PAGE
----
Mean Transaortic Gradient is an Emerging Predictor of Chronic Kidney Disease in Elderly Patients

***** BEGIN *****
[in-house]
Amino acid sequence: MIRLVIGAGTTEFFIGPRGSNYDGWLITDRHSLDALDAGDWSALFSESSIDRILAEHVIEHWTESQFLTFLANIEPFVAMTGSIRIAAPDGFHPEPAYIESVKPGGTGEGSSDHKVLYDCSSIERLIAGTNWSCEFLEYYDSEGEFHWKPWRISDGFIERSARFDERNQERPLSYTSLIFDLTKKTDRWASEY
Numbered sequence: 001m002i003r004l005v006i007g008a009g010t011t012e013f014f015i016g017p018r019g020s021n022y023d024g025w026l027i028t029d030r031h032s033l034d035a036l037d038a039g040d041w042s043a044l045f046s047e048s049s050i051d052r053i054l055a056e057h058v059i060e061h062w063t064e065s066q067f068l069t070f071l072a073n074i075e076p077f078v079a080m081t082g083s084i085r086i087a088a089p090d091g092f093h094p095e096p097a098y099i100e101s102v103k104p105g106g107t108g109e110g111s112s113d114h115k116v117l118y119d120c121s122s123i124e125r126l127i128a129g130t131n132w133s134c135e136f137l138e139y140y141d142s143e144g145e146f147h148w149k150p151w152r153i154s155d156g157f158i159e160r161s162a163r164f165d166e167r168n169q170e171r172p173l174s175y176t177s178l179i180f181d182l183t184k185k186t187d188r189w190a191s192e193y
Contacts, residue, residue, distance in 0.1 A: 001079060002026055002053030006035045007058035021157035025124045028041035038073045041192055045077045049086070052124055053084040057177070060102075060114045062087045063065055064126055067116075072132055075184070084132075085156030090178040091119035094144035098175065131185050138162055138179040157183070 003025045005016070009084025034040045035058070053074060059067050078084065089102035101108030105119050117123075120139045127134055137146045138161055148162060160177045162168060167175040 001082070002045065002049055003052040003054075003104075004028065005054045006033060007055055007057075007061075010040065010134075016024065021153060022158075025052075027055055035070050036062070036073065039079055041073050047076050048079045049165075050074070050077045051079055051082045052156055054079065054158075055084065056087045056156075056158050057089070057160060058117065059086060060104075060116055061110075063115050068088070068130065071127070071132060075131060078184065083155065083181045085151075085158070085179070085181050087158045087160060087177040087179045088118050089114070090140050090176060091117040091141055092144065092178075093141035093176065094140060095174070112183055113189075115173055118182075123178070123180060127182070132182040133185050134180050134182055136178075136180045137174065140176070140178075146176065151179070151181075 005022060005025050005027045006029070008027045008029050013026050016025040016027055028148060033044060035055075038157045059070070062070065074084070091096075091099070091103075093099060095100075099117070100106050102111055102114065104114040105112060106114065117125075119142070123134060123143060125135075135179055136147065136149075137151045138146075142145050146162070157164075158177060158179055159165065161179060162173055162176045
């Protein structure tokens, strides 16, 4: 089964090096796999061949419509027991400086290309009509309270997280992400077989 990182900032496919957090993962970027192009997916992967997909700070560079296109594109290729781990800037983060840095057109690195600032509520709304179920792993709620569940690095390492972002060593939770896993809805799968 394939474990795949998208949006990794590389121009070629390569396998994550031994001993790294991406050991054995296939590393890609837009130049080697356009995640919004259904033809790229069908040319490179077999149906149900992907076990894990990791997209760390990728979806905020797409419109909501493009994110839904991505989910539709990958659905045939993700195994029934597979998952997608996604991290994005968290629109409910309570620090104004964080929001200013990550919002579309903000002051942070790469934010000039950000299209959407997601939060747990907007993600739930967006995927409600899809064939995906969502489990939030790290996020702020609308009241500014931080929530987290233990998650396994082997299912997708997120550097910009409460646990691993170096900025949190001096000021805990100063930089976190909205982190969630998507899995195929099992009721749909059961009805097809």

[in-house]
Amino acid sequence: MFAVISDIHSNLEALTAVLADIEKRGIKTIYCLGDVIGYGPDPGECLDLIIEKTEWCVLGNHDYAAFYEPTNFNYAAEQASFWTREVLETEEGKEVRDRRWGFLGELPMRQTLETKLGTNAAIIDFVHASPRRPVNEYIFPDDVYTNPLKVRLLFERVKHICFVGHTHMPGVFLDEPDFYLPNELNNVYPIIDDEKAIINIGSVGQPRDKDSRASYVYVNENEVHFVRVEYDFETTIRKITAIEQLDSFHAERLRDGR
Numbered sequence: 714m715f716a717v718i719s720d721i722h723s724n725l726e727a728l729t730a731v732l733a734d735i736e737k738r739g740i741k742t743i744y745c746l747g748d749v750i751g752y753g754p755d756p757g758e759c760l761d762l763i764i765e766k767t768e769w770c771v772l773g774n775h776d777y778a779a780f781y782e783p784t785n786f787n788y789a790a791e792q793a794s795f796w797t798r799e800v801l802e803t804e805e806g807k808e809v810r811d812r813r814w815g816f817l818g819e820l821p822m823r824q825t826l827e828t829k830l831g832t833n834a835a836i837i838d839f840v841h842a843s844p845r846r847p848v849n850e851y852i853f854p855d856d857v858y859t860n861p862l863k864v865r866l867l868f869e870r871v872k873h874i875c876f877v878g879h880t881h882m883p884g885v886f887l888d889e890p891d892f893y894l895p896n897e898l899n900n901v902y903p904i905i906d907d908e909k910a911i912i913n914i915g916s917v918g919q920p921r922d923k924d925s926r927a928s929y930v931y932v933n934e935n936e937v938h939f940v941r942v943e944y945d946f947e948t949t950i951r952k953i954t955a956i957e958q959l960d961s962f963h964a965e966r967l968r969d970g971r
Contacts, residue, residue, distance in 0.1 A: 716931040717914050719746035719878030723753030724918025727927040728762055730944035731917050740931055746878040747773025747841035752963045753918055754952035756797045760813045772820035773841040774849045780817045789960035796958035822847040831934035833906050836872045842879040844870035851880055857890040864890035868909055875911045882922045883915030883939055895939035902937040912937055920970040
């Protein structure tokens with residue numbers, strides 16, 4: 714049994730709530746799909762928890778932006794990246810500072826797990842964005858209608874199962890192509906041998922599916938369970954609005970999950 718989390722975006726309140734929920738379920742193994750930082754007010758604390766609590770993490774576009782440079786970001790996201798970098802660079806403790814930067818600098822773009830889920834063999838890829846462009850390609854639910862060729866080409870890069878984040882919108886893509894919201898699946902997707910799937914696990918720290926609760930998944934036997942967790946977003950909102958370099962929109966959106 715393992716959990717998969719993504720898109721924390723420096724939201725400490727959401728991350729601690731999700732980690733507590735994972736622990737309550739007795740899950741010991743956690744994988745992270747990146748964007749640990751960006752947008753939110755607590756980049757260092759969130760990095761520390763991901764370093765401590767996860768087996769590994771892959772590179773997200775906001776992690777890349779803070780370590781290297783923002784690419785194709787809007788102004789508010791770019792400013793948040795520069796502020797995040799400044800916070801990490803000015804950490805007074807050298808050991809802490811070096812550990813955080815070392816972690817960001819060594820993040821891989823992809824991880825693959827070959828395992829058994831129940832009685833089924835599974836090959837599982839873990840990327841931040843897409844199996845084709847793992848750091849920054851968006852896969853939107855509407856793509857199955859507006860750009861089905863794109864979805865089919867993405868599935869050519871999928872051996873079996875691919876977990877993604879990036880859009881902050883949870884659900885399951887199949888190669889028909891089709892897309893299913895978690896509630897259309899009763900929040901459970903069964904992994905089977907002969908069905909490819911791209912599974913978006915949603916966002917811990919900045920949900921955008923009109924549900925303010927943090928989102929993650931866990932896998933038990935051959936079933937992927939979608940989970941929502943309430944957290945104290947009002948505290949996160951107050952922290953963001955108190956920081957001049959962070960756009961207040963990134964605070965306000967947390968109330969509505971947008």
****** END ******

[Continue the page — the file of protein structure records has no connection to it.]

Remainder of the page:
Arterial hypertension (AH) is a major risk factor for chronic kidney disease (CKD). However, whether AH maintains this role in the development of CKD in elderly patients with aortic stenosis (AS) or whether transaortic gradient influences CKD remains unclear. Consecutive hospitalized patients were prospectively recruited to evaluate the relationship between AS and CKD. In all patients, transthoracic 2-dimensional echocardiography was performed to evaluate AS; renal function was evaluated using the Chronic Kidney Disease Epidemiology Collaboration formula. A total of 346 patients were included in the study (mean age: 79.5 ± 7.4 years): 104 had diabetes mellitus (DM), 298 had AH, and 59 (moderate: 52; severe: 7) showed AS. After multivariate analysis, age (P <.01), DM (P = .02), and mean transaortic gradient (P = .03), but not AH, were independent predictors of CKD. Both in the presence (n = 59) or absence (n = 287) of AS, the estimated glomerular filtration rate did not differ in patients with (51 ± 24 mL/min/1.73 m2 and 59 ± 25 mL/min/1.73 m2, respectively) and those without AH (50 ± 21 mL/min/1.73 m2 and 65 ± 24 mL/min/1.73 m2, respectively). In the whole population, for each mm Hg of mean transaortic gradient, the risk of CKD increased by 2.5 times.